Immune therapy scientists discover distinct cells that block cancer-fighting immune cells

February 6, 2017 , University Health Network
Killer T cells surround a cancer cell. Credit: NIH

Princess Margaret Cancer Centre scientists have discovered a distinct cell population in tumours that inhibits the body's immune response to fight cancer.

The findings, published online today in Nature Medicine, are critical to understanding more about why patients do or do not respond to immune therapies, says principal investigator Pamela Ohashi, Director, Tumour Immunotherapy Program at the centre, University Health Network. Dr. Ohashi holds a Canada Research Chair in Autoimmunity and Tumour Immunity. She is also a Professor at University of Toronto in the Departments of Medical Biophysics and Immunology.

"We've uncovered a potential new approach to modulate the immune response to cancer," says Dr. Ohashi. "By looking at tumour biology from this different perspective we'll have a better understanding of the barriers that prevent a strong immune response. This can help advance drug development to target these barriers."

The research team with international collaborators analysed more than 100 patient samples from ovarian and other cancer types to discover a distinct population of found in some tumours. This population of cells suppresses the growth of cancer-fighting immune cells, thereby limiting the ability of the immune system to fight off cancer.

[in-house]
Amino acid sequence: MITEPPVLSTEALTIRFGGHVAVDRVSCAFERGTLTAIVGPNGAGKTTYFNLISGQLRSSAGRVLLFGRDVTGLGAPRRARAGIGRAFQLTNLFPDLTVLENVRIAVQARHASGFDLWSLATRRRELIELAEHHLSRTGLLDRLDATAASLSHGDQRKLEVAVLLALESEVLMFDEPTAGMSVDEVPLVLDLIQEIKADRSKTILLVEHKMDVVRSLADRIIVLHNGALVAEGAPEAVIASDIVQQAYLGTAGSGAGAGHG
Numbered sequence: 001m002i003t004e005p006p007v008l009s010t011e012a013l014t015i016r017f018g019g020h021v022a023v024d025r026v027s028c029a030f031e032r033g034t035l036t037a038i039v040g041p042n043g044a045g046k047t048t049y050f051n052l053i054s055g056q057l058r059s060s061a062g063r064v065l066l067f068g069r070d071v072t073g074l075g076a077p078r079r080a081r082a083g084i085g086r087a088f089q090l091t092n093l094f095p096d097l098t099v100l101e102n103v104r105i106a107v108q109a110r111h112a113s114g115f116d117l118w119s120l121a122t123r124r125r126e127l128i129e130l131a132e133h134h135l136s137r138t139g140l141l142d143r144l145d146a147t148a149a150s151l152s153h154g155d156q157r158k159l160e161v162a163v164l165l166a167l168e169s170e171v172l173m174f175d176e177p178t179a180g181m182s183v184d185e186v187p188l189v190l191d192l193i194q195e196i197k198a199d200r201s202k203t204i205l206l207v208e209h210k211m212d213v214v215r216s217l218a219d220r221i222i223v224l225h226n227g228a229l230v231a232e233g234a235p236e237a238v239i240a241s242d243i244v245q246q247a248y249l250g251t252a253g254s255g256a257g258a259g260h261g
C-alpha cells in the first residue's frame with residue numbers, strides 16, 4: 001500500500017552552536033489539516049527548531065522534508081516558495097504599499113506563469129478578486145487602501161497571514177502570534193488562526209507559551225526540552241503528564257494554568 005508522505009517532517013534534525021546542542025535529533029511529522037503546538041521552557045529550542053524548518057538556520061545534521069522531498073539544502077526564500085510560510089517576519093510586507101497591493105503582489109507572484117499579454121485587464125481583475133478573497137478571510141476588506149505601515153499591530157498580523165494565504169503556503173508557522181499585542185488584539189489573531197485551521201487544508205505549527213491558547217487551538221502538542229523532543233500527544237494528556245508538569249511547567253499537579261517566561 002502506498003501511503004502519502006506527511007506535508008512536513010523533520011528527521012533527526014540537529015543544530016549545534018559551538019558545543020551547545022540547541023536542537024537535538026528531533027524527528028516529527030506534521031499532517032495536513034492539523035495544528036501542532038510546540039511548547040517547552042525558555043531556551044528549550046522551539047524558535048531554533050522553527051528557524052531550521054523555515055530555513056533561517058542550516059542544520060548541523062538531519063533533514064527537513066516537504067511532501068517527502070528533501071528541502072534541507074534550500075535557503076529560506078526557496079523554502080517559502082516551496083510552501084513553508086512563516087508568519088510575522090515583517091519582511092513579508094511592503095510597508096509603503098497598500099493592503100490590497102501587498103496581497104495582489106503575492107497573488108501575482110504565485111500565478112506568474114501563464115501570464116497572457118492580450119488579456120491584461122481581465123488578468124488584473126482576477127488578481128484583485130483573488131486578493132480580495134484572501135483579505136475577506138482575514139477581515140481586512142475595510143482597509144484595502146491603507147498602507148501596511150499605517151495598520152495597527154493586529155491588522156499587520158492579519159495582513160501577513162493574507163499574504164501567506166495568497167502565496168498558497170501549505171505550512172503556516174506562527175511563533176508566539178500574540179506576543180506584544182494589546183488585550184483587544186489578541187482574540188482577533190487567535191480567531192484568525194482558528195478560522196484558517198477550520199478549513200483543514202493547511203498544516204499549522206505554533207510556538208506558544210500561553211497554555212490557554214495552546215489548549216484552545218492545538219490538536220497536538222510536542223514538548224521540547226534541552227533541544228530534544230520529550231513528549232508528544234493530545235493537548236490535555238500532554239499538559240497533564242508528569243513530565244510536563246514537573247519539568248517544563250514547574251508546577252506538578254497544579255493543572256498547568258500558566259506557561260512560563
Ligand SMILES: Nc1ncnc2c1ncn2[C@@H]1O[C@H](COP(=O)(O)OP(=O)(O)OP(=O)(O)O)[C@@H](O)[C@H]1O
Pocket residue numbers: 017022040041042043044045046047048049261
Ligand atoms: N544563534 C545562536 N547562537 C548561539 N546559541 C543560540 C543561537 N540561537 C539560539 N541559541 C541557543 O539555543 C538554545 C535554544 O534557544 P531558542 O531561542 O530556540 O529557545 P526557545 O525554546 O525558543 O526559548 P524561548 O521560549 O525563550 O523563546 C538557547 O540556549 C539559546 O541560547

For patients, down the road Dr. Ohashi envisions a new era of combined therapies to simultaneously target and kill these suppressive cells while augmenting the immune response against cancer. "This would really strengthen the way clinicians can treat cancer using , which holds so much promise for patients."

The team's next avenue of research will be focused on identifying a "biomarker" that can identify this distinct suppressive cell elsewhere in the body - for example, in blood or other samples - as a potential predictive clinical tool to determine when these cells are present in patients, which currently cannot be done.

"That knowledge will guide clinical decisions to personalize cancer treatment to unleash an individual's ," says Dr. Ohashi. "We need to identify ways to track these cells and find another source and ways to grow these cells for further study."

More information: Sarah Q Crome et al, A distinct innate lymphoid cell population regulates tumor-associated T cells, Nature Medicine (2017). DOI: 10.1038/nm.4278

Journal information: Nature Medicine

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